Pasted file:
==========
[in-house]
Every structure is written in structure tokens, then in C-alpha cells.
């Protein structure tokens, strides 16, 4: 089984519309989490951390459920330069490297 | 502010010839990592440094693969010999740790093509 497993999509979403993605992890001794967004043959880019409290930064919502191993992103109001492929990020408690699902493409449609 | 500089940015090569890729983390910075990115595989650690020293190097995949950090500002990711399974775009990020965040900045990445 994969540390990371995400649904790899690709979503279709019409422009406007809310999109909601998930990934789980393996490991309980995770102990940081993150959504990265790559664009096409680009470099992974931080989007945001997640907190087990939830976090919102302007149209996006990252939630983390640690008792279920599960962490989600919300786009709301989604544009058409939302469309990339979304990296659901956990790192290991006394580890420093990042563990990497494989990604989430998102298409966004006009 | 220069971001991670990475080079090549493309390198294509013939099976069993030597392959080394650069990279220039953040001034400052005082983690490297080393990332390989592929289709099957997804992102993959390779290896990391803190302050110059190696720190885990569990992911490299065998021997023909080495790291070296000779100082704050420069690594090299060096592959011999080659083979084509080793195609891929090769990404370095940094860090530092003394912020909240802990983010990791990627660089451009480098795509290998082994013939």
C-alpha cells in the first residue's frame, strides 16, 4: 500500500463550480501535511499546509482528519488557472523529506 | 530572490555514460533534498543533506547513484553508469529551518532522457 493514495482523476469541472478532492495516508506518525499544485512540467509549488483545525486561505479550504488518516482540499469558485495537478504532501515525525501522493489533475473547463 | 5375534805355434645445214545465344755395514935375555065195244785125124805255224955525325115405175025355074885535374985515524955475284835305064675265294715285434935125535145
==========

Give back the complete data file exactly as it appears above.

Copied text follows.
[in-house]
Every structure is written in structure tokens, then in C-alpha cells.
């Protein structure tokens, strides 16, 4: 089984519309989490951390459920330069490297 | 502010010839990592440094693969010999740790093509 497993999509979403993605992890001794967004043959880019409290930064919502191993992103109001492929990020408690699902493409449609 | 500089940015090569890729983390910075990115595989650690020293190097995949950090500002990711399974775009990020965040900045990445 994969540390990371995400649904790899690709979503279709019409422009406007809310999109909601998930990934789980393996490991309980995770102990940081993150959504990265790559664009096409680009470099992974931080989007945001997640907190087990939830976090919102302007149209996006990252939630983390640690008792279920599960962490989600919300786009709301989604544009058409939302469309990339979304990296659901956990790192290991006394580890420093990042563990990497494989990604989430998102298409966004006009 | 220069971001991670990475080079090549493309390198294509013939099976069993030597392959080394650069990279220039953040001034400052005082983690490297080393990332390989592929289709099957997804992102993959390779290896990391803190302050110059190696720190885990569990992911490299065998021997023909080495790291070296000779100082704050420069690594090299060096592959011999080659083979084509080793195609891929090769990404370095940094860090530092003394912020909240802990983010990791990627660089451009480098795509290998082994013939």
C-alpha cells in the first residue's frame, strides 16, 4: 500500500463550480501535511499546509482528519488557472523529506 | 530572490555514460533534498543533506547513484553508469529551518532522457 493514495482523476469541472478532492495516508506518525499544485512540467509549488483545525486561505479550504488518516482540499469558485495537478504532501515525525501522493489533475473547463 | 5375534805355434645445214545465344755395514935375555065195244785125124805255224955525325115405175025355074885535374985515524955475284835305064675265294715285434935125535145